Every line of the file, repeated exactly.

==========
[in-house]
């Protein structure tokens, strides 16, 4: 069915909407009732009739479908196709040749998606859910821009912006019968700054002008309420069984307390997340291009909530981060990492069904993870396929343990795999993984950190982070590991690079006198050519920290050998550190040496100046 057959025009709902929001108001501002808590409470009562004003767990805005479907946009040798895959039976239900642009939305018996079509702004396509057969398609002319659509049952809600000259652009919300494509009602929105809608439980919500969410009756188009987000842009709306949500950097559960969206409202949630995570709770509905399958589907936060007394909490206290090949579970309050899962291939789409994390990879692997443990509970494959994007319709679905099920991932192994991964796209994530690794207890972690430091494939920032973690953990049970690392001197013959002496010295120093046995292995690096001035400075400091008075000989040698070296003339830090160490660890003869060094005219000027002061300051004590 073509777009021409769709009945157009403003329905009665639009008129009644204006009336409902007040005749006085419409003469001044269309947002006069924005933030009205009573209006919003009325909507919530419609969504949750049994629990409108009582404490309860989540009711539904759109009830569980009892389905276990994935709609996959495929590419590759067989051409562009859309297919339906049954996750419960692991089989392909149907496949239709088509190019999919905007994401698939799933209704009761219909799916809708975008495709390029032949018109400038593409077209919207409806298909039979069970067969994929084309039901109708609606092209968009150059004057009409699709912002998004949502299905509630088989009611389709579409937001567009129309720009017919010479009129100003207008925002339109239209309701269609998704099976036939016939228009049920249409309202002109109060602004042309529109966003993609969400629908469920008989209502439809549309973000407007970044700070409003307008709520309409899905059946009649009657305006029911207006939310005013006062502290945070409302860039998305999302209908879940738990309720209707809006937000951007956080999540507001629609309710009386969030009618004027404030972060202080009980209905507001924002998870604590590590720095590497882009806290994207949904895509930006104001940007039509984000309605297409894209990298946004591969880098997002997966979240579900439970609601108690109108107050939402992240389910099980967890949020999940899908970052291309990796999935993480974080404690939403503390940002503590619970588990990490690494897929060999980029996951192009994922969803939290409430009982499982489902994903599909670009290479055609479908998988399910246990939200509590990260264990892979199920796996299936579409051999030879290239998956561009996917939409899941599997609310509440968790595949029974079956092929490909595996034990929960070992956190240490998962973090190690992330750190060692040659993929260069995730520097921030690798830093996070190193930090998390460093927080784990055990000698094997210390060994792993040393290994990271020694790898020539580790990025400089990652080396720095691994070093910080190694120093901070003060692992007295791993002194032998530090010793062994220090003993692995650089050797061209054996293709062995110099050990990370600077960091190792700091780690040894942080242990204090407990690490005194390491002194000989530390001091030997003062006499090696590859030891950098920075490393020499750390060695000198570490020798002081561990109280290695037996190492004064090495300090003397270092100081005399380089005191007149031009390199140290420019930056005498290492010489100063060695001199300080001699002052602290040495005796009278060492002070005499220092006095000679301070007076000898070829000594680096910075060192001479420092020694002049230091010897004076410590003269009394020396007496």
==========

[in-house]
């Protein structure tokens, strides 16, 4: 069915909407009732009739479908196709040749998606859910821009912006019968700054002008309420069984307390997340291009909530981060990492069904993870396929343990795999993984950190982070590991690079006198050519920290050998550190040496100046 057959025009709902929001108001501002808590409470009562004003767990805005479907946009040798895959039976239900642009939305018996079509702004396509057969398609002319659509049952809600000259652009919300494509009602929105809608439980919500969410009756188009987000842009709306949500950097559960969206409202949630995570709770509905399958589907936060007394909490206290090949579970309050899962291939789409994390990879692997443990509970494959994007319709679905099920991932192994991964796209994530690794207890972690430091494939920032973690953990049970690392001197013959002496010295120093046995292995690096001035400075400091008075000989040698070296003339830090160490660890003869060094005219000027002061300051004590 073509777009021409769709009945157009403003329905009665639009008129009644204006009336409902007040005749006085419409003469001044269309947002006069924005933030009205009573209006919003009325909507919530419609969504949750049994629990409108009582404490309860989540009711539904759109009830569980009892389905276990994935709609996959495929590419590759067989051409562009859309297919339906049954996750419960692991089989392909149907496949239709088509190019999919905007994401698939799933209704009761219909799916809708975008495709390029032949018109400038593409077209919207409806298909039979069970067969994929084309039901109708609606092209968009150059004057009409699709912002998004949502299905509630088989009611389709579409937001567009129309720009017919010479009129100003207008925002339109239209309701269609998704099976036939016939228009049920249409309202002109109060602004042309529109966003993609969400629908469920008989209502439809549309973000407007970044700070409003307008709520309409899905059946009649009657305006029911207006939310005013006062502290945070409302860039998305999302209908879940738990309720209707809006937000951007956080999540507001629609309710009386969030009618004027404030972060202080009980209905507001924002998870604590590590720095590497882009806290994207949904895509930006104001940007039509984000309605297409894209990298946004591969880098997002997966979240579900439970609601108690109108107050939402992240389910099980967890949020999940899908970052291309990796999935993480974080404690939403503390940002503590619970588990990490690494897929060999980029996951192009994922969803939290409430009982499982489902994903599909670009290479055609479908998988399910246990939200509590990260264990892979199920796996299936579409051999030879290239998956561009996917939409899941599997609310509440968790595949029974079956092929490909595996034990929960070992956190240490998962973090190690992330750190060692040659993929260069995730520097921030690798830093996070190193930090998390460093927080784990055990000698094997210390060994792993040393290994990271020694790898020539580790990025400089990652080396720095691994070093910080190694120093901070003060692992007295791993002194032998530090010793062994220090003993692995650089050797061209054996293709062995110099050990990370600077960091190792700091780690040894942080242990204090407990690490005194390491002194000989530390001091030997003062006499090696590859030891950098920075490393020499750390060695000198570490020798002081561990109280290695037996190492004064090495300090003397270092100081005399380089005191007149031009390199140290420019930056005498290492010489100063060695001199300080001699002052602290040495005796009278060492002070005499220092006095000679301070007076000898070829000594680096910075060192001479420092020694002049230091010897004076410590003269009394020396007496």